Panel allows doctor at heart of 'Bloodgate' scandal to continue practising medicine

Click to follow
The Independent Online

Wendy Chapman, the doctor embroiled in the fake blood scandal at Harlequins, still has a career to pursue. The General Medical Council yesterday decreed that her ability to practise had not been impaired by her behaviour towards the end of the Heineken Cup quarter-final between Quins and Leinster in April of last year. The council ruled that Chapman failed to act in the best interests of her patient – the wing Tom Williams, whose lip she sliced open with a stitch cutter as part of a substitution scam orchestrated by the London club's director of rugby Dean Richards, who is currently a third of the way through a three-year ban.

Chapman admitted cutting Williams at the player's own urging – he had bitten on a capsule of fake blood in order to make way for the team's leading goal-kicker, Nick Evans, who would not otherwise have been allowed back on to the field – and also acknowledged that she lied to a disciplinary panel investigating the affair. But the GMC panel also heard that she had been suffering from depression at the time of the events at Quins and took the view that she acted as she did because of her "altered state of mind".

The panel chairman, Dr Brian Alderman, described the circumstances as "wholly exceptional" and although he told Chapman that she had been guilty of serious misconduct, he added: "You do not pose any risk to patients or the public. The panel accepts there is a public interest in retaining the services of a good doctor." That conclusion came as a mighty relief to a number of senior figures at Quins, who have been struggling with guilt over Chapman's predicament.

James Gaskell, the 20-year-old Sale lock who has spent quite enough time in the company of doctors since breaking down with injury last February, will return to Premiership activity against Newcastle on Friday night as the youngest captain in his club's history. Sale may not be in the best of places after last season's near-miss on the relegation front, but they still have a number of hardened Test players on their books, from Mark Cueto and Charlie Hodgson in the backs to Andrew Sheridan up front.

Head coach Mike Brewer, a former All Black of considerable standing, is not exactly renowned for his conservatism, however. Denied the services of three high-class backs in Cueto, Hodgson and Mathew Tait for the first serious game of the domestic season – all three are hors de combat – he has named a player even younger than Gaskell, the 19-year-old wing Tom Brady, in a squad of 27. Brady, who lives within a drop-goal's distance of the club's training ground at Carrington, featured strongly in Sale's build-up programme and is, according to the coach, included on merit.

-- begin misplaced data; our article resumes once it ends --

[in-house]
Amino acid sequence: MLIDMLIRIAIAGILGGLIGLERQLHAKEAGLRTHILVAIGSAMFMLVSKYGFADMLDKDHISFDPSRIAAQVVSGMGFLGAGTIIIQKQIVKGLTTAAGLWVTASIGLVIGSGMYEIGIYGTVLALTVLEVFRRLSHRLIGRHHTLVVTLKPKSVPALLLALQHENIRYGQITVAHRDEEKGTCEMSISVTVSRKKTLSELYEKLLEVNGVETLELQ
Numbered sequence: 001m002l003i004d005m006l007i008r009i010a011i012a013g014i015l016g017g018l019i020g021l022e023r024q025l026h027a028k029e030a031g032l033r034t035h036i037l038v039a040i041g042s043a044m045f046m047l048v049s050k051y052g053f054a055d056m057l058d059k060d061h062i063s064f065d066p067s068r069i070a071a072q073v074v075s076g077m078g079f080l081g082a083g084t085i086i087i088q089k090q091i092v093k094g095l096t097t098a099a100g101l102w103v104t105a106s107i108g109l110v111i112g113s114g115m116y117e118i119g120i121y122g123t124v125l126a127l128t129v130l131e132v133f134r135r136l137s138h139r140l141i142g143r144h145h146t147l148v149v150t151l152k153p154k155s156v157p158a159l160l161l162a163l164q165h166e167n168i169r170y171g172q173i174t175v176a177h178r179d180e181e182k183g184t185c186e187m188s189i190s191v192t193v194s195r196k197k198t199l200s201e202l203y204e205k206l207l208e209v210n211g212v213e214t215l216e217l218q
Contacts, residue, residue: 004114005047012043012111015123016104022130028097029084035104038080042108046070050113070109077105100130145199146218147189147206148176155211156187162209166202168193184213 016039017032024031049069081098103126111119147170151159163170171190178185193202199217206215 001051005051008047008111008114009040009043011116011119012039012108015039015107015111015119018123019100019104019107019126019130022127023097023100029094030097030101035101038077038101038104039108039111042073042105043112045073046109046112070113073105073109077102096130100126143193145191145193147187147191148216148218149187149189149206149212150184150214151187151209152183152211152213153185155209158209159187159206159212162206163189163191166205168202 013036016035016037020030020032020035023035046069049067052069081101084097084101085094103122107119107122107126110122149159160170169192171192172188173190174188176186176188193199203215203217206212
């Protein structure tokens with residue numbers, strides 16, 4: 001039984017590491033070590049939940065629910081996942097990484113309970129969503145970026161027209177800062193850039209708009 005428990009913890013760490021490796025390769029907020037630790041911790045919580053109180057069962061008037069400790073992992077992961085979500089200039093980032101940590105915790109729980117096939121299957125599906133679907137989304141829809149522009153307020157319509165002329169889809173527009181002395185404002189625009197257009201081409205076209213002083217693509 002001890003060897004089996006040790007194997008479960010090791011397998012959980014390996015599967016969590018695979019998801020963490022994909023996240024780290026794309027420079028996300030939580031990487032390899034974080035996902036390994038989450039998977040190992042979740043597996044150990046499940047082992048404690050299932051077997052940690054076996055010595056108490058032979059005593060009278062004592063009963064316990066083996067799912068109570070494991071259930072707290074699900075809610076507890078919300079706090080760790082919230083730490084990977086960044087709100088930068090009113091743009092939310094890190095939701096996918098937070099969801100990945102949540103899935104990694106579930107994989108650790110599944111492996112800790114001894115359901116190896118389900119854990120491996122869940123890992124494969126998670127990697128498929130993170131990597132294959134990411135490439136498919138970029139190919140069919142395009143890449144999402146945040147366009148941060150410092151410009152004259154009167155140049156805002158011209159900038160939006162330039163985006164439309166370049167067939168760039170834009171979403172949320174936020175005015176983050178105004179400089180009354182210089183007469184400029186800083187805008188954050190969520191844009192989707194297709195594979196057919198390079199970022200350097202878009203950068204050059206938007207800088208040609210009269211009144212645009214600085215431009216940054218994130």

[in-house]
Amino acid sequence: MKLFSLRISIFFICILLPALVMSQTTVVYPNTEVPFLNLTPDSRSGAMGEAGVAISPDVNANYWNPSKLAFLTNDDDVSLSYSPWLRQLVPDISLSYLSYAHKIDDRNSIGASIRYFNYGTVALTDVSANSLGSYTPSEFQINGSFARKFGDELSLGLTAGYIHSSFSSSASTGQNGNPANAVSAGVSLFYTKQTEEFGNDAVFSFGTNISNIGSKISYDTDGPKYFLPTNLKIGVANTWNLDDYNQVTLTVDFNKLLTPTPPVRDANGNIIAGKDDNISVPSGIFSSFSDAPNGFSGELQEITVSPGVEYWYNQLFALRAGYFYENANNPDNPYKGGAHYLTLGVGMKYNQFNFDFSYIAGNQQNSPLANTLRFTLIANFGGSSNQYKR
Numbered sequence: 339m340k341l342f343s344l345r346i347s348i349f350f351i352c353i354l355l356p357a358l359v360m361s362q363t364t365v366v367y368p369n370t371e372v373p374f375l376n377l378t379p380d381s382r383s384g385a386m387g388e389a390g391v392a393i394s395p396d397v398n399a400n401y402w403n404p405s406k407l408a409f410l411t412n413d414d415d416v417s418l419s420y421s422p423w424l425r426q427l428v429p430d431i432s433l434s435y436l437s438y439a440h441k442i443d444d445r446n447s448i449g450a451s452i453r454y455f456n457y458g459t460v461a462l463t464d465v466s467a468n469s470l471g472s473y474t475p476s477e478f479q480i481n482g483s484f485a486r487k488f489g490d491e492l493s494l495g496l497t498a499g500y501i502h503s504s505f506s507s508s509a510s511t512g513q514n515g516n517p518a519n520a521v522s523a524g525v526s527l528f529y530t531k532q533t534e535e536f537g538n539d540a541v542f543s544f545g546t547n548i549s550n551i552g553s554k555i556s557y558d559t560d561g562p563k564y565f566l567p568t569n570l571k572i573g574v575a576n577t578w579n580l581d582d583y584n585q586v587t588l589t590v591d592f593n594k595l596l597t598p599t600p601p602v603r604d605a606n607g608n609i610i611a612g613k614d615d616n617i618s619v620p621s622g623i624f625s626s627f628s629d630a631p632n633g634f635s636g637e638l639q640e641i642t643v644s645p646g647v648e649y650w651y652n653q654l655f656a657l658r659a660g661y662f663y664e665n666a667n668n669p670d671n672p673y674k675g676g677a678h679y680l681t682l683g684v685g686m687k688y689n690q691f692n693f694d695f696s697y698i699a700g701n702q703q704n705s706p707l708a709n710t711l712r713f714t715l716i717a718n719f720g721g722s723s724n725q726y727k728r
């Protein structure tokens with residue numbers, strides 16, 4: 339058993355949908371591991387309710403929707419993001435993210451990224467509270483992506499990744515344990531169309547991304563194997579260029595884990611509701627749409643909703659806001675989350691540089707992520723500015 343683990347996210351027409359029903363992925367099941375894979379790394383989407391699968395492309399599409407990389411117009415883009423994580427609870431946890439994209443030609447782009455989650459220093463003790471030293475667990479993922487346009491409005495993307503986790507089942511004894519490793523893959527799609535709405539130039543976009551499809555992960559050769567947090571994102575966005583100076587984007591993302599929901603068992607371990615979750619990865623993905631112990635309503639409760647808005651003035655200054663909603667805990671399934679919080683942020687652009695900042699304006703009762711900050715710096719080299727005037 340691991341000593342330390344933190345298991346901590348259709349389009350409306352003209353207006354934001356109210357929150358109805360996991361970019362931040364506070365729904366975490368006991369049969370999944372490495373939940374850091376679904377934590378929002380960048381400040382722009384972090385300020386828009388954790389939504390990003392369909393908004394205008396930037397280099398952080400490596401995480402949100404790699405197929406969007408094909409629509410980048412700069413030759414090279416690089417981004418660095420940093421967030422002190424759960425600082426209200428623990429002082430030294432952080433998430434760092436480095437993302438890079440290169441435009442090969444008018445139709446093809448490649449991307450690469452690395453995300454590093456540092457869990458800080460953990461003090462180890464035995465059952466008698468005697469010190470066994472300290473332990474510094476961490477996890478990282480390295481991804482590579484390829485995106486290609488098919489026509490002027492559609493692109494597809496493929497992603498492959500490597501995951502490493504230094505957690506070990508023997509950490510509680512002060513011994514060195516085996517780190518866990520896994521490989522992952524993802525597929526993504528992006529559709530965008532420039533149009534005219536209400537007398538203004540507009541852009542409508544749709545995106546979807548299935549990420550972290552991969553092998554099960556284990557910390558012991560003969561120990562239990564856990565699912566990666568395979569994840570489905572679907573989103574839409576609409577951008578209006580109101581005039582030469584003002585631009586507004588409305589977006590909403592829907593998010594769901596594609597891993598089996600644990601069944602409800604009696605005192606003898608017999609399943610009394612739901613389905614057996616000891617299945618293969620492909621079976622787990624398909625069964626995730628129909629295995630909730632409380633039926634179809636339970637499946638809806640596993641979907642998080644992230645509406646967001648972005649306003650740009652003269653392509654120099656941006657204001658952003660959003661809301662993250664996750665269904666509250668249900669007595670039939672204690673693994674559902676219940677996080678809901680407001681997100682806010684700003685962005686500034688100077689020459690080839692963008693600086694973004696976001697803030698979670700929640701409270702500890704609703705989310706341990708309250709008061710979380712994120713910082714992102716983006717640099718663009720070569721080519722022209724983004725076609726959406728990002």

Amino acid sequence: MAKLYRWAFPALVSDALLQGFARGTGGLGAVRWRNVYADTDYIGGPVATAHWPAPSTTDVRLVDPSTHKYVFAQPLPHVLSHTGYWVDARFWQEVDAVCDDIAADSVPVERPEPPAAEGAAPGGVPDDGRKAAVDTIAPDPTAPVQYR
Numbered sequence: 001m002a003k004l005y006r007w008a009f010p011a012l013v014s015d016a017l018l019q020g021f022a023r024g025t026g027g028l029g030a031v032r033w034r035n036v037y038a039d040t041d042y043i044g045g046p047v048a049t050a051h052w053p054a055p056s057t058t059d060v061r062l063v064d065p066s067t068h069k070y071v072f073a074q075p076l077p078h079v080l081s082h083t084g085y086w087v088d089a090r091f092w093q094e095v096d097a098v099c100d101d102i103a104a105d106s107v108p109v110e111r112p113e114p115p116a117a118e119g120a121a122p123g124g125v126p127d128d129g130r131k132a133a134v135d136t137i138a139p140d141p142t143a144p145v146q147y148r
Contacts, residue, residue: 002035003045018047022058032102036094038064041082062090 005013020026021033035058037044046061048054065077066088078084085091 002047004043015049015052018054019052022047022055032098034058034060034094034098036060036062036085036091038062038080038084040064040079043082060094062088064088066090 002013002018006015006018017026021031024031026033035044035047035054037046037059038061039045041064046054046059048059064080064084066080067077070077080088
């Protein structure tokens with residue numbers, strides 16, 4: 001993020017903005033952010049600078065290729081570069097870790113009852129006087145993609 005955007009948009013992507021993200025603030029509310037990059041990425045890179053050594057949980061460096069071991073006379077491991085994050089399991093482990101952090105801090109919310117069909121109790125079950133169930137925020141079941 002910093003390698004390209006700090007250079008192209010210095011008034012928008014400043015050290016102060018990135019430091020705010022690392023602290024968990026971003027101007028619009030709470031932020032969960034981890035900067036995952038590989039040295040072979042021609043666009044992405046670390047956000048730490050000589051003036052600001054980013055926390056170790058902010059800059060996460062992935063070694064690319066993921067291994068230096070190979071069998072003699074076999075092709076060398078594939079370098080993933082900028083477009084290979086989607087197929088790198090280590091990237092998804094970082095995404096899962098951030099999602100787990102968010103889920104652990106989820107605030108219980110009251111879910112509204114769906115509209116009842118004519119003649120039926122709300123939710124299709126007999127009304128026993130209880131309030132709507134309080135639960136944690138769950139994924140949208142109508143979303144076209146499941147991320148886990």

Leicester, meanwhile, have made a late move in the marketplace by recruiting New South Wales Waratahs lock Steve Mafi as cover for the England tourist Geoff Parling, who may miss the entire campaign after undergoing surgery to correct a neck problem. Mafi, a Tongan international, is likely to find himself a busy man, for the Tigers also have injury concerns over Richard Blaze and are, on their own admission, "a bit thin" in the second-row department.

They are not struggling when it comes to money, though. They made an operating profit of almost £300,000 in the last financial year, reversing a loss of £989,000 in the previous 12 months, and increased turnover by eight per cent to £18.5m.

English women eye final

England take on Australia tonight in the Women's World Cup semi-finals as they seek to make the final for a fifth time in the competition's 19-year history. Gary Street's side have history on their side at The Stoop as they attempt to emulate the 1994 Cup-winning side, having won all three of their previous meetings with Australia.

Street has made five changes to the side that qualified as top seeds after winning all three pool games for the loss of just 10 points. Alice Richardson, Fiona Pocock and Amy Turner return in the backs, along with Heather Fisher and Rosemarie Crowley.

"This is a huge game and as such we have picked an extremely experienced side," Street said. "The Australia-England rivalry is a great sporting contest and [this] will be no different. We won't be taking anything for granted. There are no easy games in a World Cup semi-final."

France take on New Zealand at 6pm in the first semi-final, which also takes place at The Stoop.

TV: Sky Sports 3, 5.30pm

Comments